A: We haven’t, but there weren’t the numbers in the last Parliament to hold one. We are still in favour of a People’s Vote on the final deal, with the option to remain. Liberal Democrats have led the campaign from the start, and many of our supporters in St Albans have joined the million people on the London marches. In Parliament our party has tabled 17 amendments calling for a People’s Vote and voted for one at every opportunity. This General Election gives voters the opportunity to return more remain-supporting MPs to make a confirmatory referendum possible.
Q: Do the Lib Dems really think they can win a majority or is it just political posturing?
A: We think everything’s to play for. According to the British Election Study, between 35-45% of all voters switched parties at each of the past two elections – making them among the most volatile ever. This General Election will be the same, if not more so. Meanwhile our fortunes as a party have changed radically in recent months – electing more MEPs than Labour and Conservatives combined – as more people realise that we offer a clear choice to stop a disastrous Brexit and build a brighter future, with our leader Jo Swinson who is ready to become our next Prime Minister.
Q: Isn’t your pledge to revoke Article 50 undemocratic? A snub to 17.4 million voters?
A: If we secure a democratic mandate in the General Election for a majority Liberal Democrat government then we will revoke Article 50 – but we will continue to lead calls for a People’s Vote in every other circumstance. In that case we will step forward to lead the campaign to remain in the EU. We will give a voice to the millions of British people who wish to retain the close links with our European neighbours, including the thousands of young people who will be affected the most but who have not yet had a say on the Brexit question.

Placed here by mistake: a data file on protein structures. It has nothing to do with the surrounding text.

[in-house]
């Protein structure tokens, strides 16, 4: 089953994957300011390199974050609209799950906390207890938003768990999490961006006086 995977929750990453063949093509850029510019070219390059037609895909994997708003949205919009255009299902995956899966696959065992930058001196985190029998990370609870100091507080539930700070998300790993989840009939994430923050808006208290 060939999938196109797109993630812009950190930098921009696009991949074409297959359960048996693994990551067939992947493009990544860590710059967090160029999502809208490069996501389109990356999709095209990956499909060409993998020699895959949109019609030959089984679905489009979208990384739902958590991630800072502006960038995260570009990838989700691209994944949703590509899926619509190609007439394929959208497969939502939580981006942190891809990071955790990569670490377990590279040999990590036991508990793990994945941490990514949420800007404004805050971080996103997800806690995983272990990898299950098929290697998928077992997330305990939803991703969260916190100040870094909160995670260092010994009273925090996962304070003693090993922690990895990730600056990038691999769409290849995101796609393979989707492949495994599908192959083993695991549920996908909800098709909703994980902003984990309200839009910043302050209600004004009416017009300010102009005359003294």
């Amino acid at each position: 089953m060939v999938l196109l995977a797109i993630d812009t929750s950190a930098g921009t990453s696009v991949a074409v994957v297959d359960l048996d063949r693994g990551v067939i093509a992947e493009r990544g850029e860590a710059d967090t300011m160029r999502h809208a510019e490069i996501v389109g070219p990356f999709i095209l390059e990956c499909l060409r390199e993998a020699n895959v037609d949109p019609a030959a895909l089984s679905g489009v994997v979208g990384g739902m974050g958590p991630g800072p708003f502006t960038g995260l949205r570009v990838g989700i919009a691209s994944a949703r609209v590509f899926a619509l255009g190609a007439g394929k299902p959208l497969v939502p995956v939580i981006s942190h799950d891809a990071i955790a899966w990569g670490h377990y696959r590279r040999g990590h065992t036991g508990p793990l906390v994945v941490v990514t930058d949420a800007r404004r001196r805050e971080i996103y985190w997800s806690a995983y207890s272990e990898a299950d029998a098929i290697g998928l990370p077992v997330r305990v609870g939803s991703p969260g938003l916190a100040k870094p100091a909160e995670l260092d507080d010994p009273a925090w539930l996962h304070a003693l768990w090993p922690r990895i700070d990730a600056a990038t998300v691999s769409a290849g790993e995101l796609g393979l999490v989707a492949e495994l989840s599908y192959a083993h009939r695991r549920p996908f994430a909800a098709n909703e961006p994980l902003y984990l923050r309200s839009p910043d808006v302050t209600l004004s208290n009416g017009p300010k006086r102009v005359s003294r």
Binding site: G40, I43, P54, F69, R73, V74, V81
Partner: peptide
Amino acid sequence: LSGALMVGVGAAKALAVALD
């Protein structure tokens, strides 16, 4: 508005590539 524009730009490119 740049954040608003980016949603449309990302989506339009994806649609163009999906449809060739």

Interestingly, prominent Brexit campaigner Jacob Rees-Mogg once proposed the principle of a two-stage referendum, and just last year even Nigel Farage said he was ‘coming around to the idea’.
Q: Why when the nation voted to leave the European Union do Liberal Democrats continue to campaign to remain?
A: There is no deal is as good as the deal we have currently as members of the EU. That’s why the Liberal Democrats will keep fighting to stop Brexit and build a brighter future.
Q: Why do Liberal Democrats want to reject Boris Johnson’s deal when so many people are tired of Brexit and want to leave the EU without delay?
A: The PM has only negotiated the terms of how we might leave – he hasn’t even started negotiating the future trading arrangements, which could take another 5 to 10 years to complete. Any form of Brexit will drag on for years to come.